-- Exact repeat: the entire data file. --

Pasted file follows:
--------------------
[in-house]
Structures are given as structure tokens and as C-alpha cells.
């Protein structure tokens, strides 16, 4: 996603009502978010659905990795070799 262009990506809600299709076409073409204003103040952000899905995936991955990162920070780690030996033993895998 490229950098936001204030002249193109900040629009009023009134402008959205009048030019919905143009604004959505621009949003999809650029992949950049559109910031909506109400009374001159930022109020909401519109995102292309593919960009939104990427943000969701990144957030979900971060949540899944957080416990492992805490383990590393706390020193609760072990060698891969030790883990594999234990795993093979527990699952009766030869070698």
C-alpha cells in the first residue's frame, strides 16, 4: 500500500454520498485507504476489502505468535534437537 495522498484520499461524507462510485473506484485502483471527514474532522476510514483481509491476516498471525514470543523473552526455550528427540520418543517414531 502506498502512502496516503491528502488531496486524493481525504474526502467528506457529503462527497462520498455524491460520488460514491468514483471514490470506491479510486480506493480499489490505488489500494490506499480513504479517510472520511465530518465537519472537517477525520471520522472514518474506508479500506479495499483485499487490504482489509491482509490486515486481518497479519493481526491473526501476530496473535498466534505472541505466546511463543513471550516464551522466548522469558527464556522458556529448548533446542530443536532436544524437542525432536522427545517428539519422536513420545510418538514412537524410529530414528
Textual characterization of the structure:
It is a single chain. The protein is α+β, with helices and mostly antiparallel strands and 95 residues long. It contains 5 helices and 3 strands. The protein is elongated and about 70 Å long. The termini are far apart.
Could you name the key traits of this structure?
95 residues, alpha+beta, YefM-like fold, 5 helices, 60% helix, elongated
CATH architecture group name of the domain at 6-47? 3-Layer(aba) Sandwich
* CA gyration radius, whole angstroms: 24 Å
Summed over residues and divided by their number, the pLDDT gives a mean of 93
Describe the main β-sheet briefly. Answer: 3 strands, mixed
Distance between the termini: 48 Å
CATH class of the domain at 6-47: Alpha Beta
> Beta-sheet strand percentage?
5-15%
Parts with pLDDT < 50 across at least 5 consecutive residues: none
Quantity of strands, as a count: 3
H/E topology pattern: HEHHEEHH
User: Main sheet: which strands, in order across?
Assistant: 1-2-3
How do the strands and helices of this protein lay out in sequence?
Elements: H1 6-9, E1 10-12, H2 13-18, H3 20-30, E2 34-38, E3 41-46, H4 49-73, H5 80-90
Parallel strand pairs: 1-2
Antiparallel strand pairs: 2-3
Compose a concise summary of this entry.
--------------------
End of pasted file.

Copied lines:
[in-house]
Structures are given as structure tokens and as C-alpha cells.
């Protein structure tokens, strides 16, 4: 996603009502978010659905990795070799 262009990506809600299709076409073409204003103040952000899905995936991955990162920070780690030996033993895998 490229950098936001204030002249193109900040629009009023009134402008959205009048030019919905143009604004959505621009949003999809650029992949950049559109910031909506109400009374001159930022109020909401519109995102292309593919960009939104990427943000969701990144957030979900971060949540899944957080416990492992805490383990590393706390020193609760072990060698891969030790883990594999234990795993093979527990699952009766030869070698």
C-alpha cells in the first residue's frame, strides 16, 4: 500500500454520498485507504476489502505468535534437537 495522498484520499461524507462510485473506484485502483471527514474532522476510514483481509491476516498471525514470543523473552526455550528427540520418543517414531 502506498502512502496516503491528502488531496486524493481525504474526502467528506457529503462527497462520498455524491460520488460514491468514483471514490470506491479510486480506493480499489490505488489500494490506499480513504479517510472520511465530518465537519472537517477525520471520522472514518474506508479500506479495499483485499487490504482489509491482509490486515486481518497479519493481526491473526501476530496473535498466534505472541505466546511463543513471550516464551522466548522469558527464556522458556529448548533446542530443536532436544524437542525432536522427545517428539519422536513420545510418538514412537524410529530414528
Textual characterization of the structure:
It is a single chain. The protein is α+β, with helices and mostly antiparallel strands and 95 residues long. It contains 5 helices and 3 strands. The protein is elongated and about 70 Å long. The termini are far apart.
Could you name the key traits of this structure?
95 residues, alpha+beta, YefM-like fold, 5 helices, 60% helix, elongated
CATH architecture group name of the domain at 6-47? 3-Layer(aba) Sandwich
* CA gyration radius, whole angstroms: 24 Å
Summed over residues and divided by their number, the pLDDT gives a mean of 93
Describe the main β-sheet briefly. Answer: 3 strands, mixed
Distance between the termini: 48 Å
CATH class of the domain at 6-47: Alpha Beta
> Beta-sheet strand percentage?
5-15%
Parts with pLDDT < 50 across at least 5 consecutive residues: none
Quantity of strands, as a count: 3
H/E topology pattern: HEHHEEHH
User: Main sheet: which strands, in order across?
Assistant: 1-2-3
How do the strands and helices of this protein lay out in sequence?
Elements: H1 6-9, E1 10-12, H2 13-18, H3 20-30, E2 34-38, E3 41-46, H4 49-73, H5 80-90
Parallel strand pairs: 1-2
Antiparallel strand pairs: 2-3
Compose a concise summary of this entry.